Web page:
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  • Introduction

     

    Named alongside Pierre Soulages as one of Picasso’s most admired abstract painters, Hans Hartung’s life and oeuvre were equally remarkable, with the former constantly informing the latter in tonal and gestural forms. Hartung’s works possess a unique visual lexicon and firmly establish the artist as a pioneer in the fields of 20th Century Abstraction, profoundly influencing generations of artistic movements including Art Informel, Tachisme, and American lyrical abstraction. His works can be considered within a much wider legacy of abstraction, permeating the lineage that runs between Jackson Pollock, Gerhard Richter, to more contemporary artists such as Katharina Grosse and Christopher Wool. The present work T1989-U40  is amongst the tallest of Hartung's works to come to auction, and was painted in the final year of the artist's life, the same year he was promoted to Grand Officer of the Legion of Honour. It writhes with energy, its colours are electrifying, and the multilayered impasto dances in an invisible choreography, as various coils all pulsate with energy, leaping and bounding off the canvas.

     

    With a major retrospective in 2019-2020 having inaugurated Paris’ Musée d’Art Moderne’s reopening, Hartung’s crucial role in the art historical canon is indisputable.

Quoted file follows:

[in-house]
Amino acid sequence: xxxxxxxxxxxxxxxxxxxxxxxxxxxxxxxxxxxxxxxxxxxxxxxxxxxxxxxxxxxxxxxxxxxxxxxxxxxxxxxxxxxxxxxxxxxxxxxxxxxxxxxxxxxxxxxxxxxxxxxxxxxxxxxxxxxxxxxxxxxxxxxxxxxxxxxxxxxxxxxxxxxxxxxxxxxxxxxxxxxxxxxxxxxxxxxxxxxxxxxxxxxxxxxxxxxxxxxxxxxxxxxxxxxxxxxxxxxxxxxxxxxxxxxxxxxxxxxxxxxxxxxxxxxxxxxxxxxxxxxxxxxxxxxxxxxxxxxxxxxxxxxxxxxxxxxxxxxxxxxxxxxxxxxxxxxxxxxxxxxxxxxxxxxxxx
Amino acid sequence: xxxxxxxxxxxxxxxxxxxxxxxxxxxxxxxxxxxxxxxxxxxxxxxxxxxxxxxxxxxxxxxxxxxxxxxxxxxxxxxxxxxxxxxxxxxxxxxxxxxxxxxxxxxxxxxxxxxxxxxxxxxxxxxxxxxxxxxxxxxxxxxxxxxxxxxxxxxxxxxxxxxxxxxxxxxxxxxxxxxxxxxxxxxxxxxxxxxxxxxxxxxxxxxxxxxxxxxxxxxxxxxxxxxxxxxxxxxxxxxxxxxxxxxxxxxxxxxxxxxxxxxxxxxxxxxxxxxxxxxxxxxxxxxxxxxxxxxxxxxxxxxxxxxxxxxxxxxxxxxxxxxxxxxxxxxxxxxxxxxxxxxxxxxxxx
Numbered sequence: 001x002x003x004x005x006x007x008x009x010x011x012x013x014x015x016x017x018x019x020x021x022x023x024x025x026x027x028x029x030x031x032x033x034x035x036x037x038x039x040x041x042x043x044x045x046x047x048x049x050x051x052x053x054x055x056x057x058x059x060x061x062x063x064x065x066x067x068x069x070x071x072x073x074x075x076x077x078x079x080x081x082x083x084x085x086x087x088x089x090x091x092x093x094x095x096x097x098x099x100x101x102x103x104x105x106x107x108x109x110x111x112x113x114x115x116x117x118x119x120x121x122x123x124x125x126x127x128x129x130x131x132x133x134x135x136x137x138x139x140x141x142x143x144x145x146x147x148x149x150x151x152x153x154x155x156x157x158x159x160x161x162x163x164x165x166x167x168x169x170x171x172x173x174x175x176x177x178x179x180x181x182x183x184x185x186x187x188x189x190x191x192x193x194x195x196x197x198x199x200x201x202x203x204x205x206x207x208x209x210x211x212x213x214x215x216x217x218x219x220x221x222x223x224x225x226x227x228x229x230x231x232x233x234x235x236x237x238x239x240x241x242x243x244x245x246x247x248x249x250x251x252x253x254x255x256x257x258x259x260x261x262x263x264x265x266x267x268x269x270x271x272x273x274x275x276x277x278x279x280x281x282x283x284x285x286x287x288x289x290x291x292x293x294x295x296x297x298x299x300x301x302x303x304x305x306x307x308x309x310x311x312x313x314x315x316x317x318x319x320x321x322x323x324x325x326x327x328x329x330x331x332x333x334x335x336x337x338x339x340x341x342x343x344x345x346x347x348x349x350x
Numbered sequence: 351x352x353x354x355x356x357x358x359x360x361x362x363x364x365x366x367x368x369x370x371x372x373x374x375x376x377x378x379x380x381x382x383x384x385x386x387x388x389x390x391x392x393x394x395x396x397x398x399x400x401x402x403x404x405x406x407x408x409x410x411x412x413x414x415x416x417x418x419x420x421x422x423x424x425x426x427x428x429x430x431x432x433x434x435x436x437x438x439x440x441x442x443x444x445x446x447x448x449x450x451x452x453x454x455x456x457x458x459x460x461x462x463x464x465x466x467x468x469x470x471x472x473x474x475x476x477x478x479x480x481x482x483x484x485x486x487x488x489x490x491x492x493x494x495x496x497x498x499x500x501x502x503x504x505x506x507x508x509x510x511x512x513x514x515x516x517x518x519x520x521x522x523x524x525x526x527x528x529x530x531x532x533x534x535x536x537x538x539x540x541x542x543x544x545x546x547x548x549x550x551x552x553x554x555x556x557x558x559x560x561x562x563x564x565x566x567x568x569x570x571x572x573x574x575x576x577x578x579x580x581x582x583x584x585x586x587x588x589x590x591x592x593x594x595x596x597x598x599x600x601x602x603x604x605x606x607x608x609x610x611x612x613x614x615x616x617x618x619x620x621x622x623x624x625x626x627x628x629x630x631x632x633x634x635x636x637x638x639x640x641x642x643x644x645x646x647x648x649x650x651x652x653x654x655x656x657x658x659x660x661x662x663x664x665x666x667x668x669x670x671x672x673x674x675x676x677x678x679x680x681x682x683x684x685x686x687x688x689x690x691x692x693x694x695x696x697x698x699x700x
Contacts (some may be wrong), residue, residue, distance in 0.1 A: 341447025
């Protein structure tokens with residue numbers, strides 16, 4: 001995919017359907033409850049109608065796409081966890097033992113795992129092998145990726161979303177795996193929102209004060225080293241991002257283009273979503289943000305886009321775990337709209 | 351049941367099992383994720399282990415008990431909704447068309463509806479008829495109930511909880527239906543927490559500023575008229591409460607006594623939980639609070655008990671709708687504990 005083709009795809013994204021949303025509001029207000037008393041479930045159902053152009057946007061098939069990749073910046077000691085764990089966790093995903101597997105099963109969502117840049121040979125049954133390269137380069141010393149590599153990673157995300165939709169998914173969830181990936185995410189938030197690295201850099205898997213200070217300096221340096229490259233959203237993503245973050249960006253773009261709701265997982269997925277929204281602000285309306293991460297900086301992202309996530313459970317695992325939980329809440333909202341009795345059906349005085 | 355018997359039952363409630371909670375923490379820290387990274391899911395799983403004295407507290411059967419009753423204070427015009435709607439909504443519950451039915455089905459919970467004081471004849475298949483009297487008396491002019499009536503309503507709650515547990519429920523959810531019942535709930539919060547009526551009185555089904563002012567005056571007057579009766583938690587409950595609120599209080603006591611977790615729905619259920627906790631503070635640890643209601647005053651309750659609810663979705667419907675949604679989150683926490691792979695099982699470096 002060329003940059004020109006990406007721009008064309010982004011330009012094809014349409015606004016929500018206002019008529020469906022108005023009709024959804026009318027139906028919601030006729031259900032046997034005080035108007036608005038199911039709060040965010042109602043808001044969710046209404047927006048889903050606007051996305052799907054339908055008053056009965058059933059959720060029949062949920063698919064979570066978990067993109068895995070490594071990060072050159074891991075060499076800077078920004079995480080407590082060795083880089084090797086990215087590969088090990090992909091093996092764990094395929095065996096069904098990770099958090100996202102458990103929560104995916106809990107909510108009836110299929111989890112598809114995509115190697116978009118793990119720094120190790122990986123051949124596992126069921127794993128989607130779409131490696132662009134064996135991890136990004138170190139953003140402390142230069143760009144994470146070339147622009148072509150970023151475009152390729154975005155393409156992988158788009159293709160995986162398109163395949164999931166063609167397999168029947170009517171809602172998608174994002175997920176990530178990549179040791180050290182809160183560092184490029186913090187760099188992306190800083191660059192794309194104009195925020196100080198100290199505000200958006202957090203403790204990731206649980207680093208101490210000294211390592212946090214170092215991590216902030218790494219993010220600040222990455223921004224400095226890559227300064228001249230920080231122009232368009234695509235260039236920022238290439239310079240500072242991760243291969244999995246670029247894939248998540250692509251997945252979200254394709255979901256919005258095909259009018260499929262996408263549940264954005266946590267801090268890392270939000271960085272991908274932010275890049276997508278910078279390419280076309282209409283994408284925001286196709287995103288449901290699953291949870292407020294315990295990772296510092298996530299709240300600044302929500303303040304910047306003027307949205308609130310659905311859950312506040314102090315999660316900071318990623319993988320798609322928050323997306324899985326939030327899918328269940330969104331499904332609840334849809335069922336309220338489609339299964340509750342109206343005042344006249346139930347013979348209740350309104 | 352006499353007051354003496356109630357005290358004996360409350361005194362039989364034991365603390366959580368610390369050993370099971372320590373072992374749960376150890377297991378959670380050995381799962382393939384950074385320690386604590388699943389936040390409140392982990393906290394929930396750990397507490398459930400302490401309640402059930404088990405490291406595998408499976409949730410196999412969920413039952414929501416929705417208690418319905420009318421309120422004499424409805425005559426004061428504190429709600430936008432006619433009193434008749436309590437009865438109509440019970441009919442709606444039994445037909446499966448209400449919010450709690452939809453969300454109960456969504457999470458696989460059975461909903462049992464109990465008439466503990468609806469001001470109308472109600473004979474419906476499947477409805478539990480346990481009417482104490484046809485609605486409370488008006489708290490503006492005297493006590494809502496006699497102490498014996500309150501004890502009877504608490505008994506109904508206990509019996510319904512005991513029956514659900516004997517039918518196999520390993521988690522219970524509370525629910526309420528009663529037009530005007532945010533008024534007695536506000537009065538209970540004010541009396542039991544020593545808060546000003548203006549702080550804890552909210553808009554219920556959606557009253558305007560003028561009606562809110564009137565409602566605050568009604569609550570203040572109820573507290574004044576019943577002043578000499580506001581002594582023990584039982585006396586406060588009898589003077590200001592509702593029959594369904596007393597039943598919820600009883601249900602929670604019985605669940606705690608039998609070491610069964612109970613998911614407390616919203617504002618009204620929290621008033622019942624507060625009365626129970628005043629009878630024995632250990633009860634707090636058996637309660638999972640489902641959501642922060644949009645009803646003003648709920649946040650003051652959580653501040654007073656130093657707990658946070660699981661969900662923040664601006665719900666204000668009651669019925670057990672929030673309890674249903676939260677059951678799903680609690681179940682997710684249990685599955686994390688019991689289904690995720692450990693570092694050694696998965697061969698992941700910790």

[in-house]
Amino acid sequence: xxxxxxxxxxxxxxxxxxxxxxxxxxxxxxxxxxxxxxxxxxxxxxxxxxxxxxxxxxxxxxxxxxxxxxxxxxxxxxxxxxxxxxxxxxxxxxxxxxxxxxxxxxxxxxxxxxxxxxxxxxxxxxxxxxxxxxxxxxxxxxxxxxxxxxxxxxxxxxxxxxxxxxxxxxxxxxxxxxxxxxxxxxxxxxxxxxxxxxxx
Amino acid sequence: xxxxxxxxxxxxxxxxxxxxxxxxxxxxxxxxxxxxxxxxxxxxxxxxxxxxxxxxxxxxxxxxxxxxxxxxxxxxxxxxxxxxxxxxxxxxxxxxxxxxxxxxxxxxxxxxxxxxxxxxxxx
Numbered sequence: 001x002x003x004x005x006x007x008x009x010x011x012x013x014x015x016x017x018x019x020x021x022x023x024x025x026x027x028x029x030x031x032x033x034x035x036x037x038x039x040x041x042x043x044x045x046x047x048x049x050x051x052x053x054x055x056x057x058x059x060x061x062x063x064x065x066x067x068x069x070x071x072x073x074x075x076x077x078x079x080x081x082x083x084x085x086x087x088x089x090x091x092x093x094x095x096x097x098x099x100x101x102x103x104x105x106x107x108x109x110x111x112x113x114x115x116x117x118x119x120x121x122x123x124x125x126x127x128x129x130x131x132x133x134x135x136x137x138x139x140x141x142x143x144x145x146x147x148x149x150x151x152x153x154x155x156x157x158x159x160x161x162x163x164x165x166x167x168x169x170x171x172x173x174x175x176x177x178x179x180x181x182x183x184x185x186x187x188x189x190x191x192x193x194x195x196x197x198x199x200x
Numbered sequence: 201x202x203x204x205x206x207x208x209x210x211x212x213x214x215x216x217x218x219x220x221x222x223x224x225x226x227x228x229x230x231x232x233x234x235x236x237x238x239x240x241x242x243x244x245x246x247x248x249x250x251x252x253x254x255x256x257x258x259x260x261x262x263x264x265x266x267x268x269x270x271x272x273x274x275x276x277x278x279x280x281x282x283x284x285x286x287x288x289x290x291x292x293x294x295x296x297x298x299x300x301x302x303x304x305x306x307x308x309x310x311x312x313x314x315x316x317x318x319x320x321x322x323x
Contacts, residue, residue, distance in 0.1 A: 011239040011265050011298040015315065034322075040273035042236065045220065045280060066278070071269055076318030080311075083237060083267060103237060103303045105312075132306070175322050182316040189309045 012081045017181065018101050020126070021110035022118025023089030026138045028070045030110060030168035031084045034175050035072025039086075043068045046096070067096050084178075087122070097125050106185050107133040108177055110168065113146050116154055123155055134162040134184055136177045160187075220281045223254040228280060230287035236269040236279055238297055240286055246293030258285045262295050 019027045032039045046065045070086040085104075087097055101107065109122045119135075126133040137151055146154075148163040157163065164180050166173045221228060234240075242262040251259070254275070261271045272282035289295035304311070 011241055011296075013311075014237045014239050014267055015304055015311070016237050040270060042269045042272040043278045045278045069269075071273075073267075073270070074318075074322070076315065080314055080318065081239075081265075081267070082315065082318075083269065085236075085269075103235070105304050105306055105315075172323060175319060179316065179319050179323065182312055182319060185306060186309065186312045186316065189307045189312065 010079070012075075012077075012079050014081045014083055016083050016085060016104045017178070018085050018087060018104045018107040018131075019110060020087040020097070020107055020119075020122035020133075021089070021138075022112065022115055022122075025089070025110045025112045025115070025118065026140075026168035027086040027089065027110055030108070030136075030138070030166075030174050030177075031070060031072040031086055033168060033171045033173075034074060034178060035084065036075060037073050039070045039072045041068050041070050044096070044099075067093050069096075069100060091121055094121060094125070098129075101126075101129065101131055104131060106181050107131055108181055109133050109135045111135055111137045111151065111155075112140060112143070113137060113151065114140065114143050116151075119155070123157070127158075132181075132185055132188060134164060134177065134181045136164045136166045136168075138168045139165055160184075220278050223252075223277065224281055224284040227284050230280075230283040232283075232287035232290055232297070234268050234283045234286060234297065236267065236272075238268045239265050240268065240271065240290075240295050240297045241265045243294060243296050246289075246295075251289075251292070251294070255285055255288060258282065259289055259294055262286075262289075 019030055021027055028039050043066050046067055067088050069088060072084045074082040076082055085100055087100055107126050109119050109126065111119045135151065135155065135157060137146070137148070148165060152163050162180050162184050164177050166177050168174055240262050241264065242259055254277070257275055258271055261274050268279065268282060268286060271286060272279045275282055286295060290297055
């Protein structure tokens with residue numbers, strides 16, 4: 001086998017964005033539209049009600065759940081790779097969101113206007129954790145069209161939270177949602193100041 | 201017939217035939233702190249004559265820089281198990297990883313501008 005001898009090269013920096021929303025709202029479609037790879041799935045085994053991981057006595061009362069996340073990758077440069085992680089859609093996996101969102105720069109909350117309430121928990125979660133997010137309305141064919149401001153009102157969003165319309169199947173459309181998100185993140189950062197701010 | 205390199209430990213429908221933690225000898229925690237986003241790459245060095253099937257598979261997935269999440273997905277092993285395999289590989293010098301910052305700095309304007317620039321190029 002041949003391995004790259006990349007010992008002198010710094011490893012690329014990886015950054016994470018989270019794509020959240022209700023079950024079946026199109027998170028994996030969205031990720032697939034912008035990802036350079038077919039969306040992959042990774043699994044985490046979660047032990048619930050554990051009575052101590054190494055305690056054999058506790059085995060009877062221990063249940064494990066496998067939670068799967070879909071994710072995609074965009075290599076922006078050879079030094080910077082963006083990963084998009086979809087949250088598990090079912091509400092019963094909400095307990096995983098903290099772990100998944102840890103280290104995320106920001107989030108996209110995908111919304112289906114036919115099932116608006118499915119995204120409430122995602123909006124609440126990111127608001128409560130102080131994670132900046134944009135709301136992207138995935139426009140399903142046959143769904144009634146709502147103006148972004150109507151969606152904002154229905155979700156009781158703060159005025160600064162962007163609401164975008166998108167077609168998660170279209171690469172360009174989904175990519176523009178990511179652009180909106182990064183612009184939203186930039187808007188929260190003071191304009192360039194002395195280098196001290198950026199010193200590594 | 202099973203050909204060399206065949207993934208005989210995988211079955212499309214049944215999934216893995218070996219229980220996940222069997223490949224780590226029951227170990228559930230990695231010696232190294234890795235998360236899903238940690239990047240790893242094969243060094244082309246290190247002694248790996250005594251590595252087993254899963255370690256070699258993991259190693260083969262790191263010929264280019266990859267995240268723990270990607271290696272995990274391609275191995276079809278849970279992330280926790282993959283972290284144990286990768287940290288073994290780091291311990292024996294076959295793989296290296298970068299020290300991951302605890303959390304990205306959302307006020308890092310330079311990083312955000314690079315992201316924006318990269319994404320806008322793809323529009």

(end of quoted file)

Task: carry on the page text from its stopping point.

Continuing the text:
“I sensed a bewitching terror in thunderstorms, I vibrated under their force, their power.” 
    — Hans Hartung 

    Hartung was born in 1904 in Leipzig, Germany, into an artistic family who encouraged the young boy’s artistic inclinations. His earliest artistic stimuli were variegated, having developed an early appreciation for Dutch realism in his reproductions of Rembrandt, and equally, a great partiality for Expressionists Oskar Kokoschka and Emil Nolde, filling notebook upon notebook with organic forms: flashes of lightning and brewing thunderstorms, fascinated such as he was by astronomy, the cosmos, and the skies.

     

    At just 18, Hartung already showed incredible artistic promise, and painted a series of 33 watercolours that were already abstract in execution. He remarked ‘…I liked the ones that were enough to create a face, a body, a landscape’i, and championed their complete 'autonomy and their freedom’ ii. In his evocation of surrounding sceneries but simultaneous eschewal of form, the young Hartung had developed a lasting and unique sensitivity to nature, colour, and the ability to distill landscape into abstraction.